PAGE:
In the summer of 1996, I took a freelance job at the Reader’s Catalog—an ambitious experiment in mail-order bookselling that veteran publisher Jason Epstein had devised at the start of the decade. The catalogue was as big as the proverbial phone book, and it was set up so that readers could easily browse and, should they choose, order one or two or all of what were vaunted to be “the 40,000 best books in print.”
Working on the catalogue, I soon discovered that a lot of what at least I took to be the best books weren’t in fact in print. How come?
Well, the obvious answer was that they didn’t sell—and yet that wasn’t quite right. It’s not that these books didn’t sell, so much as that they didn’t sell enough to meet the demands of the economic models of the book market as it had been reshaped by years of mergers among corporate publishers catering, as corporations must, to shareholders. Books on the backlist that had done well enough over the years were cast aside in favor of the next blockbuster that, aided by the marketing muscle of the emerging superstores, every new book had better aspire to be.
The emergence of the superstore, it should be said, coincided with the emergence of America as “the world’s only superpower.” That may seem an odd connection to make, but in fact the end of the Cold War also took a toll on the traditional backlist. All those books about the wider world that the U.S. previously had to struggle to understand and win over—books by writers like Osip Mandelstam, Anna Seghers, and Marina Tsvetaeva—could be retired to the attic or dispatched to the thrift store. We had won; our way of life was the wonder of the world. Books from abroad, books from the past, could now be ignored with the sunny insouciance of Ronald Reagan.
But this seemed wrong. The missing books were good books; they were fascinating books. There had to be an audience for them. There was, for example, the audience—sophisticated and inquiring enough—commanded by the New York Review of Books, our relative with offices down the hall. The question was how to reach those readers.
Through a list, I thought—a series. That seemed obvious. The idea and character of the list were just as important to the endeavor as the books on it; or, rather, if the endeavor was to find readers for those books, the best way to do it was through a list.
List is etymologically related to love (and lust), and back when I cut my teeth on books there were all sorts of lists—Anchor, Mentor, Meridian, Obelisk, New Directions Books—that helped, as the names of the imprints were not shy to suggest, to orient the aspiring reader. Additionally, quite often, in the back of each book on such lists there was a list of other books on the list (a literal backlist). These series had recognizable cover designs. They looked sharp. A list like one of those was what we needed, even if, in 1999, they too had, puzzlingly, largely disappeared.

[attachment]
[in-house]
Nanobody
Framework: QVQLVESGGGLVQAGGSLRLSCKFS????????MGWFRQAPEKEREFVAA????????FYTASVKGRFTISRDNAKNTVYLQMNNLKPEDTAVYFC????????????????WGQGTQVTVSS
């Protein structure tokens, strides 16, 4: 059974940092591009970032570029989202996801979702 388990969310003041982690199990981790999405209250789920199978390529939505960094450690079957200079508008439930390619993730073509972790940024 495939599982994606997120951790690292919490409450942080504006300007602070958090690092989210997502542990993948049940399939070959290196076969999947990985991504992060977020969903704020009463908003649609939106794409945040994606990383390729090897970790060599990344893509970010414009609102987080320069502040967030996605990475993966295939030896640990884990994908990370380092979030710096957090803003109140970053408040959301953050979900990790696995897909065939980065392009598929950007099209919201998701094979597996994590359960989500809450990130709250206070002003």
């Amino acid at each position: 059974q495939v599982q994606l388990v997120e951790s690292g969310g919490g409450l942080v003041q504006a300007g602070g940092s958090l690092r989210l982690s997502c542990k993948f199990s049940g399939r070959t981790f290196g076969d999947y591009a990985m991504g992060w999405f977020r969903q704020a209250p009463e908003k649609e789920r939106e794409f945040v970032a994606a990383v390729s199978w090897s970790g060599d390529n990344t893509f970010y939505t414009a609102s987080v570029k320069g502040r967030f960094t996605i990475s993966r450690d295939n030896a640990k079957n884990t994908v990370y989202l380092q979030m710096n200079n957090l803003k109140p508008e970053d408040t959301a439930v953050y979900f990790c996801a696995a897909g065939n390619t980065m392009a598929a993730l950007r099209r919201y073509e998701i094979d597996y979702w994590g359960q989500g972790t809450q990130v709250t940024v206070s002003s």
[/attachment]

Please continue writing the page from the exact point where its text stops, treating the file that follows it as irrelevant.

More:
A series of lost books then, but of course countless books have been lost, for all sorts of reasons, good and bad. Which ones should go on our list?
Well, the best ones, of course—but no, that wasn’t the answer. The best books in the sense of canonical books remain, for the most part, readily available. What tend not to be available are those books that don’t fit into a given history of literature or thought or feeling—the books that introduce us to things other than what we know best, that put the question of what a good book is in play or that raise the different but related question of what makes a book timely, however old it may be. What we needed was a series that had the originality, individuality, and authority that any good book must have, but that displayed a life of its own comparable to any real reader’s reading life, moving in and among different books and kinds of books with an explorer’s spirit.
It was with that goal in mind that, 20 years ago, the NYRB Classics series was born. There are more than 500 books in the series now, and what began as a work of memory of reviving books and a way of publishing books that had fallen out of currency remains a work in progress. We have done our best to mix things up—such as by putting Eve Babitz’s Eve’s Hollywood alongside Alexander Berkman’s Prison Memoirs of an Anarchist—and we have published, I think, some truly great books: in the last year, for example, Uwe Johnson’s Anniversaries and Vasily Grossman’s Stalingrad were both translated into English for the first time. I am sure that, happily and in spite of everything, there are other extraordinary and utterly unexpected books waiting for us out there. We are looking for them.
Edwin Frank is the editorial director of NYRB Classics.